Once your lizard has fasted long enough to empty his digestive tract and you’re ready to begin brumation, start gradually reducing the temperatures and shortening the photoperiod (making the days shorter and nights longer) by altering any lights used in the enclosure.
You’ll eventually want to provide temperatures in the low- to high-60s. You needn’t go much cooler than this (and shouldn’t, as it represents an unnecessary risk), but you want to make sure that the temperatures don’t climb into the 70s. Doing so could cause your pet’s metabolic rate to proceed quickly enough that he’ll need food, which will cause him to start eating into his fat stores.
Many keepers cease providing any habitat lights at all during the brumation period, but you can offer a couple of hours of “daylight” if you like. It is also important to note that some keepers like to initiate brumation suddenly, while others do so gradually. Personally, I’ve always preferred a gradual approach, but plenty of keepers have success initiating brumation rather drastically.
While you don’t want to offer food during the brumation period, you should maintain a shallow dish of water for your pets at all times. They may not drink while brumating, but this is clearly a case of “better safe than sorry.”
About one to three months after you’ve started the brumation period, you’ll want to reverse course and start reinstating normal temperatures and a regular photoperiod. As with the initiation of brumation, some keepers like to do so gradually, while others do so at one time.
Your lizard will likely take a week or two to “knock off the cobwebs” and return to his normal self. You can start offering food a day or two after restoring temperatures, but note that some leopard geckos will not start eating for several days following emergence from brumation.
Once your lizard is eating again, appears healthy and has returned to his normal self, you can begin starting your breeding trials.
Tips & Tricks for Success: Safely Brumating Your Leopard Gecko
Brumation isn’t especially difficult, and most experienced keepers go through the process without issue. However, over time, they learn some of the techniques and strategies that help make things go smoothly.
Lacking such experience, beginners are wise to employ the following tips when trying to brumate their leopard geckos:
- Keep your vet in the loop. It is always wise to have your vet inspect your leopard geckos (or any other reptile) before brumation begins. Sick or stressed lizards should not be brumated, and your vet will be better able to spot the subtle signs of impending illness than you will. So, just be sure to get the green light from your vet before starting and don’t hesitate to contact him or her if you run into any problems.
- Seek advice and guidance from experienced keepers. You’d be amazed how much you can learn while brumating your leopard geckos, and more experienced keepers will often have gleaned several tips and tricks they can share to help improve your chances of success. So, be sure to lean on your more experienced reptile-keeping friends while trying to brumate your lizard for the first time.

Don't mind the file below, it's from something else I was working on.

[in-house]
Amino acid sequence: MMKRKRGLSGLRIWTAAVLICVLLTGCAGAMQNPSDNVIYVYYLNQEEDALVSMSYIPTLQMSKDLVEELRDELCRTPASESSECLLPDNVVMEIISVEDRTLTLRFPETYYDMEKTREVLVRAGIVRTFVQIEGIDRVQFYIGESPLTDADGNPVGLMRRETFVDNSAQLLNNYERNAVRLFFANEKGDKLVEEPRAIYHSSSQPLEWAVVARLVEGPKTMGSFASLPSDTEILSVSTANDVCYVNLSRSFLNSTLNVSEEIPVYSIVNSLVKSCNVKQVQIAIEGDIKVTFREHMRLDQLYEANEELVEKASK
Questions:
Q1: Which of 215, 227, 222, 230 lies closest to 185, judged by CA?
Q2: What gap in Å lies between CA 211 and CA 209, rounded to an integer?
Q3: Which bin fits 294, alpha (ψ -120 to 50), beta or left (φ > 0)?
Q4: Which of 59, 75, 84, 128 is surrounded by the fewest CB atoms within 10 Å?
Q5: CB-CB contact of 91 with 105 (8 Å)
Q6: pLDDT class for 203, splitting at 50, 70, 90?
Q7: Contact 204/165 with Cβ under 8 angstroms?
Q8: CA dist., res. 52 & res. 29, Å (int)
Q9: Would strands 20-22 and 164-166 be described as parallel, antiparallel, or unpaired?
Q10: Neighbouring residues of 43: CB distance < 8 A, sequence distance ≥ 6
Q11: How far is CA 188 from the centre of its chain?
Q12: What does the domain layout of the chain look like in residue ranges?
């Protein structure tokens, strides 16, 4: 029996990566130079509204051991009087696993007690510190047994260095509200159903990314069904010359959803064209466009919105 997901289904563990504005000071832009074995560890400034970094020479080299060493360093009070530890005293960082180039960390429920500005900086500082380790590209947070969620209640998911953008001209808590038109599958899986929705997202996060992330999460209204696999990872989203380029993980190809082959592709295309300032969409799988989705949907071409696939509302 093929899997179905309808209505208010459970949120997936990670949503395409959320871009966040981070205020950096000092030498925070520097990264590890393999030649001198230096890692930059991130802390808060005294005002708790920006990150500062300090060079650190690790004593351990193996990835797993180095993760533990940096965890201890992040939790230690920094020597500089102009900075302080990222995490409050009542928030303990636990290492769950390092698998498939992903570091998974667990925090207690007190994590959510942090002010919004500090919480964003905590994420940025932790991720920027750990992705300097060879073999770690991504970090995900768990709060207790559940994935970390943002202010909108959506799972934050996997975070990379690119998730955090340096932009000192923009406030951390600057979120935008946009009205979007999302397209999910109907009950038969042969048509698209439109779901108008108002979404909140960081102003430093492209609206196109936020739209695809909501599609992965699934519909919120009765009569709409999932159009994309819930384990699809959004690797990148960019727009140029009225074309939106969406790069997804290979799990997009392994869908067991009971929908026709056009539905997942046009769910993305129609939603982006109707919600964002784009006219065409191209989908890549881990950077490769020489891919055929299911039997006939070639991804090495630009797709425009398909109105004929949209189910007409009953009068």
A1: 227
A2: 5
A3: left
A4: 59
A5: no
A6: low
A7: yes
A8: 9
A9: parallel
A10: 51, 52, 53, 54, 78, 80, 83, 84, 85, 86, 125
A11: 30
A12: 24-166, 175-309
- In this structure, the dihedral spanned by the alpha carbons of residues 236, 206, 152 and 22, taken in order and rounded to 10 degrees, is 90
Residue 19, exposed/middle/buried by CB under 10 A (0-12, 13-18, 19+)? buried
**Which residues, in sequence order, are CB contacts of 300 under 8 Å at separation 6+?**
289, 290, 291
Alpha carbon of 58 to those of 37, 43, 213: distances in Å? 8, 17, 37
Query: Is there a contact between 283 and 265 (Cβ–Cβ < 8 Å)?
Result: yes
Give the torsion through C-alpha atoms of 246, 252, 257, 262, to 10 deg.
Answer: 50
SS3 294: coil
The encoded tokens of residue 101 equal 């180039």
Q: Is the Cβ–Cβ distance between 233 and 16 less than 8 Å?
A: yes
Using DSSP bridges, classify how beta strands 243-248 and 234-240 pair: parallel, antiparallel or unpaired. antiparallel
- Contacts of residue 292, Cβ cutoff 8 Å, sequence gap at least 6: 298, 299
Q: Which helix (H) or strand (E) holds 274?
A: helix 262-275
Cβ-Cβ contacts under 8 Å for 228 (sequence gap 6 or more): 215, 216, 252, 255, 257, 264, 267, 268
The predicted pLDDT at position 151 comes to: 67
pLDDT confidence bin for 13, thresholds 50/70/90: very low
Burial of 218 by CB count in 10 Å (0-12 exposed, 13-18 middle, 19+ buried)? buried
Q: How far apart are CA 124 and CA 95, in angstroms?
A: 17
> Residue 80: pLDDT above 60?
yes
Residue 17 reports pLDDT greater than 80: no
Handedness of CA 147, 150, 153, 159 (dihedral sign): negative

- Weigh your leopard gecko regularly. Bodyweight can provide a lot of insight into your pet’s health and state of being. Accordingly, it is wise to weigh your leopard gecko regularly during the brumation process. Once per week is likely frequent enough, and just be sure to contact your vet if your pet loses 10% or more of his pre-brumation body weight.
- Check the enclosure temperatures frequently. Brumation – as with all other aspects of reptile care – is heavily dependent on providing proper temperatures. So, make sure that you have a good digital thermometer and that you monitor it regularly – at least once or twice per day.
- Set up a dedicated location for brumating your leopard geckos. You may find it necessary to move your leopard gecko’s enclosure to another portion of your house to maintain sufficiently cool temperatures. This is perfectly acceptable, but you’ll want to establish the location in advance. This way, you can be better prepared to manage your pet’s enclosure and keep the temperatures at the proper level.
- Have an emergency plan in place. From time to time, leopard geckos suffer problems during brumation. Often, you’ll be able to restore him to good health in these cases, but you’ll likely need to cut the brumation period short and restore normal temperatures. So, be sure to discuss a contingency plan with your vet or an experienced friend before you start the brumation period. This way, you’ll be better equipped to take action, should your lizard start suffering health problems.
- Make sure your pet has good hiding places. You should always make sure your leopard gecko has a good hiding place (or two), but it is especially important to do so during brumation. Most leopard geckos will want to hide in a nice, tight, dark space while brumating, so make sure your pet has a good place to do so.
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It’s important to remember that you probably won’t have to brumate your pet if you aren’t planning on breeding him or her. Leopard geckos will typically thrive when maintained at constant, “summer-like” conditions for their entire life.
However, it is still something with which keepers should be familiar. That way, if you do decide to breed your leopard geckos, or you have one of the rare individuals who simply seems to want to brumate, then you’ll know what to do.
Last update on 2020-10-30 / Affiliate links / Images from Amazon Product Advertising API